Places of Worship in Madeley: Roman Catholicism

(The image on the right above the section menu is the original St. Michael’s, Madeley from a 1789 watercolour by Revd. Edward Williams, painted just after the demolition of the tower)

After the Dissolution (1540) Madeley probably remained quite a centre of recusancy as the Brooke family of Madeley Court were prominent supporters of the Catholic cause and a number of other fairly prominent local families (e.g. the Woolfe family of Upper House and the Purcells who lived at the Great Hay) were also Roman Catholics. Several priests are known to have lived in the area towards the end of the 17th century and in the early 18th century and two members of the Woolfe family entered the priesthood around this time – one as a Benedictine, the other as a Jesuit.

Both photos on this page are of St Mary’s Roman Catholic Church, High Street, Madeley. The second drawing is by Maggie Humphry. (Click for larger versions)

The more substantial houses probably had their own chapels or, at least, a dedicated room where the Mass could be celebrated but it remained illegal to build Catholic churches until after the passing of the Catholic Emancipation Act in 1829. However, towards the end of the 1760s, the building of a ‘mass house’ was underway on Madeley High Street. The land was donated by the Giffard family and the costs were met by donations from wealthy Catholics throughout England (including the Duke of Norfolk). The building was designed to look like, and serve as, a house but included a chapel at its rear. Its construction was strongly opposed by Revd. John Fletcher who was involved in numerous clashes with the ‘Papists’ but the project went ahead and the ‘mass house’ still survives as the presbytery for St. Mary’s church and traces of the original chapel decoration remain visible. Between 1804 and 1812 John Fletcher’s widow, Mary, is reported to have maintained friendly relations with the incumbent Catholic priest (Fr. Reeve) who is said to have tried (unsuccessfully) to convert her to Catholicism.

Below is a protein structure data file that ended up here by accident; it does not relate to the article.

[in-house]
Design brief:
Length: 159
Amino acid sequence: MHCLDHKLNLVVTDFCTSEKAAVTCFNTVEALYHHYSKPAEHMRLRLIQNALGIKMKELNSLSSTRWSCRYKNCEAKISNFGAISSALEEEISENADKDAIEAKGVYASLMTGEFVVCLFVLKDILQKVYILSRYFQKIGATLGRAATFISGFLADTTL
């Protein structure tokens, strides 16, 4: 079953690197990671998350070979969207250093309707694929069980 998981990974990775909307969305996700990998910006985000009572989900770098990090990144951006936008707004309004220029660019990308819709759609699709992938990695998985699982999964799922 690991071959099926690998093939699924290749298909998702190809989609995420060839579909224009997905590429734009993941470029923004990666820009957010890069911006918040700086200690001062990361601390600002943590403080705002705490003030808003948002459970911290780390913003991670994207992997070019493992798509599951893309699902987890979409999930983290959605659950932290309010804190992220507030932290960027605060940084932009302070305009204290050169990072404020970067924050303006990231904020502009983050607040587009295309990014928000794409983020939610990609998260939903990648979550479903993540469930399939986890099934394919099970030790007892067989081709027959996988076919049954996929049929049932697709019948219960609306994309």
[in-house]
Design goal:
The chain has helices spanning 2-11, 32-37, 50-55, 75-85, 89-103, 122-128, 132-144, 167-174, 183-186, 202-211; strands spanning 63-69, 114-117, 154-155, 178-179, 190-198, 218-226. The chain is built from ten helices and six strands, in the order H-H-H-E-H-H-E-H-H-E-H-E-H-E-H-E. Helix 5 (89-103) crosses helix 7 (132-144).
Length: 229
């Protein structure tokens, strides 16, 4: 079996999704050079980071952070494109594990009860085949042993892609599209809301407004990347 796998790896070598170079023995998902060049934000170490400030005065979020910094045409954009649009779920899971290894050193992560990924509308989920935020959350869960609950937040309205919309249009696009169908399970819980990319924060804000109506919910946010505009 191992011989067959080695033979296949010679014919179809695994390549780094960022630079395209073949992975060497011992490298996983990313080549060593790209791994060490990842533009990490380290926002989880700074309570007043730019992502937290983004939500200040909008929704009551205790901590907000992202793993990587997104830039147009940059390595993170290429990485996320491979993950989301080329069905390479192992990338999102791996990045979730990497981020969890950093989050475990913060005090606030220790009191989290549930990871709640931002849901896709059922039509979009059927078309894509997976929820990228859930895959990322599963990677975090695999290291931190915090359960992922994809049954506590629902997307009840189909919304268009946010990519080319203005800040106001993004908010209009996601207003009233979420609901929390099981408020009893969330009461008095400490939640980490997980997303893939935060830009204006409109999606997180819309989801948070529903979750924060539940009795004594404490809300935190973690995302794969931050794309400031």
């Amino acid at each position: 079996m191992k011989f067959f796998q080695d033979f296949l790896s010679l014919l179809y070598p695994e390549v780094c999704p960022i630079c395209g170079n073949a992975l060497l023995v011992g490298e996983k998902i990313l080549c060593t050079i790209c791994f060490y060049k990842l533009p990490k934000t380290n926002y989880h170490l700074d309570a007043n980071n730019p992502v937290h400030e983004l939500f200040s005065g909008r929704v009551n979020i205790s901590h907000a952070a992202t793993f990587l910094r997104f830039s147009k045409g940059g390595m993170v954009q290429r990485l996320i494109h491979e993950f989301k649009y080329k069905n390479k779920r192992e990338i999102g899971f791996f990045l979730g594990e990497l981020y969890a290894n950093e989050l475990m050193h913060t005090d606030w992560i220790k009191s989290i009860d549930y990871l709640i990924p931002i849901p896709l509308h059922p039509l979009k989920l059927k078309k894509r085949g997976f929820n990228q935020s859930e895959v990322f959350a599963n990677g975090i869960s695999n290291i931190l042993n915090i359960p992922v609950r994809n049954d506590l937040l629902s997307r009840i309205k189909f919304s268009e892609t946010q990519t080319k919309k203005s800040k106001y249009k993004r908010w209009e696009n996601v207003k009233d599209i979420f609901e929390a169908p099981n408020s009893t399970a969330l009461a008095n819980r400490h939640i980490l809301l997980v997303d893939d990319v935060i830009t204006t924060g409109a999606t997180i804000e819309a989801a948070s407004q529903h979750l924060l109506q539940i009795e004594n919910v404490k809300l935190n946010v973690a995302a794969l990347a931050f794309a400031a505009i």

In 1849 a dynamic young Irish priest, named William Molloy, arrived in Madeley and determined to build a ‘proper’ church. He raised funds by many means (including the sale of lottery tickets) and St. Mary’s church was dedicated on 21st April 1852 and completed the following year. It was designed by Joseph Hansom (inventor of the Hansom Cab and architect of Birmingham Town Hall). It was dedicated to St. Mary of the Assumption and is said to be the first Catholic church to be built in Shropshire after the Reformation. It is thus often referred to as the ‘mother parish’ of the county.

In September 1882, the Missionaries of the Sacred Heart arrived from Issoudin in France and their priests and students took up residence in the presbytery and remained until 1887 when they moved to Glastonbury. From 1890 the presbytery was unoccupied as the parish priest resided in Shifnal and the building was rented out as a ladies’ boarding school (known as Arundel House) for a time from 1891. The house was then occupied by various tenants until 1969.

During the 1960s St. Mary’s church was extensively renovated and the parish priests returned to live in the presbytery from 1970 onwards. Further refurbishment has taken place during the 21st century